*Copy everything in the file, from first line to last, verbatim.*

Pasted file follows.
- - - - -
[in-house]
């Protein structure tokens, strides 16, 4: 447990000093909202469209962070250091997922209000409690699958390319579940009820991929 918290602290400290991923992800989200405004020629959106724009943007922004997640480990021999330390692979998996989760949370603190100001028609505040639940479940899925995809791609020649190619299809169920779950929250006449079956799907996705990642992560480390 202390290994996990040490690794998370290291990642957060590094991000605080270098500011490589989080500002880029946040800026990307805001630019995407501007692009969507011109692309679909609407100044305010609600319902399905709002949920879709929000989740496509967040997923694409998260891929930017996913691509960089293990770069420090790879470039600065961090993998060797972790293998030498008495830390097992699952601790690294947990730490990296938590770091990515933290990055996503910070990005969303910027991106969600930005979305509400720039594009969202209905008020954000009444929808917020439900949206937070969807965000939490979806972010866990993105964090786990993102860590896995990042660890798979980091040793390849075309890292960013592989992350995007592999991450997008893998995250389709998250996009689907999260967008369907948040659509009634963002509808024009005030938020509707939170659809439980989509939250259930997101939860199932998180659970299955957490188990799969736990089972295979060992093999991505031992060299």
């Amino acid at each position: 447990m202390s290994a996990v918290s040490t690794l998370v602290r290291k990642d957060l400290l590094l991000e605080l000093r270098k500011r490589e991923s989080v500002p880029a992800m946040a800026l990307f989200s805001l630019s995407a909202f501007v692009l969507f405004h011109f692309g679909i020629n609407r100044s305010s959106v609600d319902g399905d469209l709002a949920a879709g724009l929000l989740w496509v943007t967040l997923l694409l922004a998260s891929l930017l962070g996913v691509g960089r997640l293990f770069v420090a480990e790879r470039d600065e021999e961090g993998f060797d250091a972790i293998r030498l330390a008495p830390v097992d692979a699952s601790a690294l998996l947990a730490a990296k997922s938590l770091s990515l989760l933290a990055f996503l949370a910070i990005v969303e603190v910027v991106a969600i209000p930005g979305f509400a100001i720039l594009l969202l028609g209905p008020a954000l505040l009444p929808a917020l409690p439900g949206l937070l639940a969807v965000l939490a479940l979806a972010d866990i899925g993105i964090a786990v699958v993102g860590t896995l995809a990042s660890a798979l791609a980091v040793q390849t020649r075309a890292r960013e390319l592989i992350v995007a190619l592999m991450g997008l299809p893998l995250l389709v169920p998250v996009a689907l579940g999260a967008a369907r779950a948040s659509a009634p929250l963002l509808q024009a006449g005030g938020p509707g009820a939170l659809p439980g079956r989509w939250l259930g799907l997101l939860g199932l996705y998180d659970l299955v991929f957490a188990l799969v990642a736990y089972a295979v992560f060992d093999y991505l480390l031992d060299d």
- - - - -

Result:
[in-house]
């Protein structure tokens, strides 16, 4: 447990000093909202469209962070250091997922209000409690699958390319579940009820991929 918290602290400290991923992800989200405004020629959106724009943007922004997640480990021999330390692979998996989760949370603190100001028609505040639940479940899925995809791609020649190619299809169920779950929250006449079956799907996705990642992560480390 202390290994996990040490690794998370290291990642957060590094991000605080270098500011490589989080500002880029946040800026990307805001630019995407501007692009969507011109692309679909609407100044305010609600319902399905709002949920879709929000989740496509967040997923694409998260891929930017996913691509960089293990770069420090790879470039600065961090993998060797972790293998030498008495830390097992699952601790690294947990730490990296938590770091990515933290990055996503910070990005969303910027991106969600930005979305509400720039594009969202209905008020954000009444929808917020439900949206937070969807965000939490979806972010866990993105964090786990993102860590896995990042660890798979980091040793390849075309890292960013592989992350995007592999991450997008893998995250389709998250996009689907999260967008369907948040659509009634963002509808024009005030938020509707939170659809439980989509939250259930997101939860199932998180659970299955957490188990799969736990089972295979060992093999991505031992060299």
């Amino acid at each position: 447990m202390s290994a996990v918290s040490t690794l998370v602290r290291k990642d957060l400290l590094l991000e605080l000093r270098k500011r490589e991923s989080v500002p880029a992800m946040a800026l990307f989200s805001l630019s995407a909202f501007v692009l969507f405004h011109f692309g679909i020629n609407r100044s305010s959106v609600d319902g399905d469209l709002a949920a879709g724009l929000l989740w496509v943007t967040l997923l694409l922004a998260s891929l930017l962070g996913v691509g960089r997640l293990f770069v420090a480990e790879r470039d600065e021999e961090g993998f060797d250091a972790i293998r030498l330390a008495p830390v097992d692979a699952s601790a690294l998996l947990a730490a990296k997922s938590l770091s990515l989760l933290a990055f996503l949370a910070i990005v969303e603190v910027v991106a969600i209000p930005g979305f509400a100001i720039l594009l969202l028609g209905p008020a954000l505040l009444p929808a917020l409690p439900g949206l937070l639940a969807v965000l939490a479940l979806a972010d866990i899925g993105i964090a786990v699958v993102g860590t896995l995809a990042s660890a798979l791609a980091v040793q390849t020649r075309a890292r960013e390319l592989i992350v995007a190619l592999m991450g997008l299809p893998l995250l389709v169920p998250v996009a689907l579940g999260a967008a369907r779950a948040s659509a009634p929250l963002l509808q024009a006449g005030g938020p509707g009820a939170l659809p439980g079956r989509w939250l259930g799907l997101l939860g199932l996705y998180d659970l299955v991929f957490a188990l799969v990642a736990y089972a295979v992560f060992d093999y991505l480390l031992d060299d």